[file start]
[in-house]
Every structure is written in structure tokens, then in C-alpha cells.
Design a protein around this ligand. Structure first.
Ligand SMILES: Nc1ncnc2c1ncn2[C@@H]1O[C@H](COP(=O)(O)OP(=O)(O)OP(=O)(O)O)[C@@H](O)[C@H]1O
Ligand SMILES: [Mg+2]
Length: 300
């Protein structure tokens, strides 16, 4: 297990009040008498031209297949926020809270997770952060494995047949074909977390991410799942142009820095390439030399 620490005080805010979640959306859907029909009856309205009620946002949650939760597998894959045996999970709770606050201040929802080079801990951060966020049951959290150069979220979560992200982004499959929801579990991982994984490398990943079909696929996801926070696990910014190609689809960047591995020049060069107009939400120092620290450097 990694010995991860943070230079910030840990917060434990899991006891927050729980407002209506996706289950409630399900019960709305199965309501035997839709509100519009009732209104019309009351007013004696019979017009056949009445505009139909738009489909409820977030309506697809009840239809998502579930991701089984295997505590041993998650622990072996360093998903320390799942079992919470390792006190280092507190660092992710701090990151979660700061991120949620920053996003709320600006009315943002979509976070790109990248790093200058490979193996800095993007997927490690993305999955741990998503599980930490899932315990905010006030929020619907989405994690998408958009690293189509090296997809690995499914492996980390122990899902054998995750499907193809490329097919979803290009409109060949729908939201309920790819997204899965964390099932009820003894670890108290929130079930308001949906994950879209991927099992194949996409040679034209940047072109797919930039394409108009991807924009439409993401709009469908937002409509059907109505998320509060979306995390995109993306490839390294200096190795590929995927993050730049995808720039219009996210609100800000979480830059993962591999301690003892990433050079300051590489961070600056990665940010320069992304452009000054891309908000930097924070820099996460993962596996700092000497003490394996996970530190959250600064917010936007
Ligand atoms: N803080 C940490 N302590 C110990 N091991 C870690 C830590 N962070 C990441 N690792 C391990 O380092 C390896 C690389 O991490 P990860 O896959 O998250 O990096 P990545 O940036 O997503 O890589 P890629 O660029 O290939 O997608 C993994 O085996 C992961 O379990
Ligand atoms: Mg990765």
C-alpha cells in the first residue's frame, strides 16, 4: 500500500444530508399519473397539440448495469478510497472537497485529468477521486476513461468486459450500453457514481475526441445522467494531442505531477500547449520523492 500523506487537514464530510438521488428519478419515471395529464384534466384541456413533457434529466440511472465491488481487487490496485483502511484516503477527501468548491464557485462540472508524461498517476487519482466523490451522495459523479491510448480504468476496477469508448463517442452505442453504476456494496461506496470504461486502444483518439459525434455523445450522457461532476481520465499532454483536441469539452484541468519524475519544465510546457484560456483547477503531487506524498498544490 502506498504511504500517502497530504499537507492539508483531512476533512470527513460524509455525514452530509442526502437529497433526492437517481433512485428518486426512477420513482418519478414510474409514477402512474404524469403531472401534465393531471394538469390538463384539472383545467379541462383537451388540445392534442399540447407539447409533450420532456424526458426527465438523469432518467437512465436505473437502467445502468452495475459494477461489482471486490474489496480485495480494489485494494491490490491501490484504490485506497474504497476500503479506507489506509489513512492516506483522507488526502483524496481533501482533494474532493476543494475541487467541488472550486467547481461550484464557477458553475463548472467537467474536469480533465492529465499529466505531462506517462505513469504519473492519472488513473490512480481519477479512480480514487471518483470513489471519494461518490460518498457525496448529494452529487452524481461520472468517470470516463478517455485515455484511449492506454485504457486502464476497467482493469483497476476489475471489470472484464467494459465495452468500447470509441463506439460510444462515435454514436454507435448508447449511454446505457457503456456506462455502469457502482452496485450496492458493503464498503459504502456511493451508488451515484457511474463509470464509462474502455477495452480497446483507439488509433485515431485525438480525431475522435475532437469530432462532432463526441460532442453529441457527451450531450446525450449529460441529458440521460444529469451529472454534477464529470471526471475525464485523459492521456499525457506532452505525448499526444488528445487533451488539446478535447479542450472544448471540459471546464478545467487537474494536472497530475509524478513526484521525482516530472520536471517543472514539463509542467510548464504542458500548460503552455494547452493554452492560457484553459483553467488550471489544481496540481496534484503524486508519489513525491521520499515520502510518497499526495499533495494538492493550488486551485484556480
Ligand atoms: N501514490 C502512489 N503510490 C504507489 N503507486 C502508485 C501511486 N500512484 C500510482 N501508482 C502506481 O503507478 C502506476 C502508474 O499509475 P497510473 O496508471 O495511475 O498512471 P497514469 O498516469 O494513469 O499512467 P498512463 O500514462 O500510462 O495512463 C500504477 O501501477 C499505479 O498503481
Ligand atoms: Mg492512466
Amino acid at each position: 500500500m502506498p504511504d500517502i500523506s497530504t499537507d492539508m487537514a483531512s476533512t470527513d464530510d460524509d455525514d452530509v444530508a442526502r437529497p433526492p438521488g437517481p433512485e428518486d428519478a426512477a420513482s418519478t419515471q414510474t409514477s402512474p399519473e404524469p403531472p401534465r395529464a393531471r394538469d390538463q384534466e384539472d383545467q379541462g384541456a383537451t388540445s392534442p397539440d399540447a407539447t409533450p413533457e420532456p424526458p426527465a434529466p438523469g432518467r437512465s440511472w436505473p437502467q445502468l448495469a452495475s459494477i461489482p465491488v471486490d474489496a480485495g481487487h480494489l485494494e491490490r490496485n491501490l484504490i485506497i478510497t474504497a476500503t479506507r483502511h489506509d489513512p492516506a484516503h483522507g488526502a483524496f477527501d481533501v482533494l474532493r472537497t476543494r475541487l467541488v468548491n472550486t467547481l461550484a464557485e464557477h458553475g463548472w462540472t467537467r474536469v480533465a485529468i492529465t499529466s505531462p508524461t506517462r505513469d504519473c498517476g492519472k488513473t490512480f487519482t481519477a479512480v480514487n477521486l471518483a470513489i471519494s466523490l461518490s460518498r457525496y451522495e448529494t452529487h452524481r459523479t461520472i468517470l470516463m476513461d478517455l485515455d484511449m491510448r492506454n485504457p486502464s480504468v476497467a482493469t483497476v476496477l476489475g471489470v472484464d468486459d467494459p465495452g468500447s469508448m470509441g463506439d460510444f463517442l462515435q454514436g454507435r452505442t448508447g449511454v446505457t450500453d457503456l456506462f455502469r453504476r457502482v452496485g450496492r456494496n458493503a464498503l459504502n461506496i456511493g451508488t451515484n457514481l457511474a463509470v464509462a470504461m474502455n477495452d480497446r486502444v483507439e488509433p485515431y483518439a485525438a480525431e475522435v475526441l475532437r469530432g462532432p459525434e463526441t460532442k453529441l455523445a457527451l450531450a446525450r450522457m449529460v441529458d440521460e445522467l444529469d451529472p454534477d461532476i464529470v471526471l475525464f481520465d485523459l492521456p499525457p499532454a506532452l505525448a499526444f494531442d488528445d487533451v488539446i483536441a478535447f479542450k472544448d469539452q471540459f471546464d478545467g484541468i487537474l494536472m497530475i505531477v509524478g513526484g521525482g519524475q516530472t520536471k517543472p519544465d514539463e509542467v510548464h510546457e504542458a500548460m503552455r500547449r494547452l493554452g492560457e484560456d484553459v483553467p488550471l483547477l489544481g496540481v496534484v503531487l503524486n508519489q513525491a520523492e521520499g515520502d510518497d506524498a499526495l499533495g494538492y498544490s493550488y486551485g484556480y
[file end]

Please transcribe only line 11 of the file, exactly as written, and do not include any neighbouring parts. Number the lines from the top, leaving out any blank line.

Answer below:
Ligand atoms: N501514490 C502512489 N503510490 C504507489 N503507486 C502508485 C501511486 N500512484 C500510482 N501508482 C502506481 O503507478 C502506476 C502508474 O499509475 P497510473 O496508471 O495511475 O498512471 P497514469 O498516469 O494513469 O499512467 P498512463 O500514462 O500510462 O495512463 C500504477 O501501477 C499505479 O498503481